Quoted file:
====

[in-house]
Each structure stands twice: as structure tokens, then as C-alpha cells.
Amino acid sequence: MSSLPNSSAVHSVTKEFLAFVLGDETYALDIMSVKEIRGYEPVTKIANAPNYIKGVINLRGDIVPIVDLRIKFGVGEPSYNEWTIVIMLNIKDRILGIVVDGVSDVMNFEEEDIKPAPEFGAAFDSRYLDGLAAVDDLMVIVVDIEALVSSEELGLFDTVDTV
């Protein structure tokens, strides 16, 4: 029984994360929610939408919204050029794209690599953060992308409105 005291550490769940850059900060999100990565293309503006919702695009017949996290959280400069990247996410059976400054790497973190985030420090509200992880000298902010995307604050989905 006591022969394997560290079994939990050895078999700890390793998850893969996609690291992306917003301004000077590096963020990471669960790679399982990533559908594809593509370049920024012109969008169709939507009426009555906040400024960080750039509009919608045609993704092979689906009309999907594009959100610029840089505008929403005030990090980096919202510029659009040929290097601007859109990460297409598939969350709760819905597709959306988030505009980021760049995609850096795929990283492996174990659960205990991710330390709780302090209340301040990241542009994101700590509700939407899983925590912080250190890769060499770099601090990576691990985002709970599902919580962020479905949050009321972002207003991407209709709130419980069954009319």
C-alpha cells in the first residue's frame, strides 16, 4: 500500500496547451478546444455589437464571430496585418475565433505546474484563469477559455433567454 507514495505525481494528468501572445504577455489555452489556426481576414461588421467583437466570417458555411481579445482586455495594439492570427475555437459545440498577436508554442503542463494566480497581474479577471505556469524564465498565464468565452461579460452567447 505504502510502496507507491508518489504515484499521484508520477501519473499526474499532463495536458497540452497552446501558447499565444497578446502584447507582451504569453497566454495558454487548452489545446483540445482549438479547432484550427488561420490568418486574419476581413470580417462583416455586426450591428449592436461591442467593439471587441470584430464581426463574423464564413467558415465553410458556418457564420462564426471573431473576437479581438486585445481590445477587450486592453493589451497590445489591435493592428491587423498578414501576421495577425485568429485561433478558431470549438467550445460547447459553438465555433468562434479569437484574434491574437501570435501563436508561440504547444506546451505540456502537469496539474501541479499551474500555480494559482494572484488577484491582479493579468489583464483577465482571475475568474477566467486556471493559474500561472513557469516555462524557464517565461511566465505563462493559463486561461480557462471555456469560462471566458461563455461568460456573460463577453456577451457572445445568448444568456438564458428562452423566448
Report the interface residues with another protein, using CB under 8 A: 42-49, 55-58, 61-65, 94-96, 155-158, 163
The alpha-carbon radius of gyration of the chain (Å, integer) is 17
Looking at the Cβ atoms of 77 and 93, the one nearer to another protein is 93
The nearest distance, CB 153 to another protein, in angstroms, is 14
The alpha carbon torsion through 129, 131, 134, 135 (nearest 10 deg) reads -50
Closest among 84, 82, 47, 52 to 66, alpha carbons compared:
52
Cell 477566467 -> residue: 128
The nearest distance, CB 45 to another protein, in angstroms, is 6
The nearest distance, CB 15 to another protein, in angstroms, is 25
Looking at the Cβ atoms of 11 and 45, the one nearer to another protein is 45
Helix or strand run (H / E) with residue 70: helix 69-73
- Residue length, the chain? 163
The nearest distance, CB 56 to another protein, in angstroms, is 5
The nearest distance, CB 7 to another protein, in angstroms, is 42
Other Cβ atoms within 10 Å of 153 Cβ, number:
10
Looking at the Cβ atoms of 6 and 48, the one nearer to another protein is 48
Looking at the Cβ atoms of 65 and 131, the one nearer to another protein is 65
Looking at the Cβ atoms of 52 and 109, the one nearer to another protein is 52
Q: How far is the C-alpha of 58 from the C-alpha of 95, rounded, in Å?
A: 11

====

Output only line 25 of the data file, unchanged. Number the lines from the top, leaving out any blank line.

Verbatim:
Looking at the Cβ atoms of 52 and 109, the one nearer to another protein is 52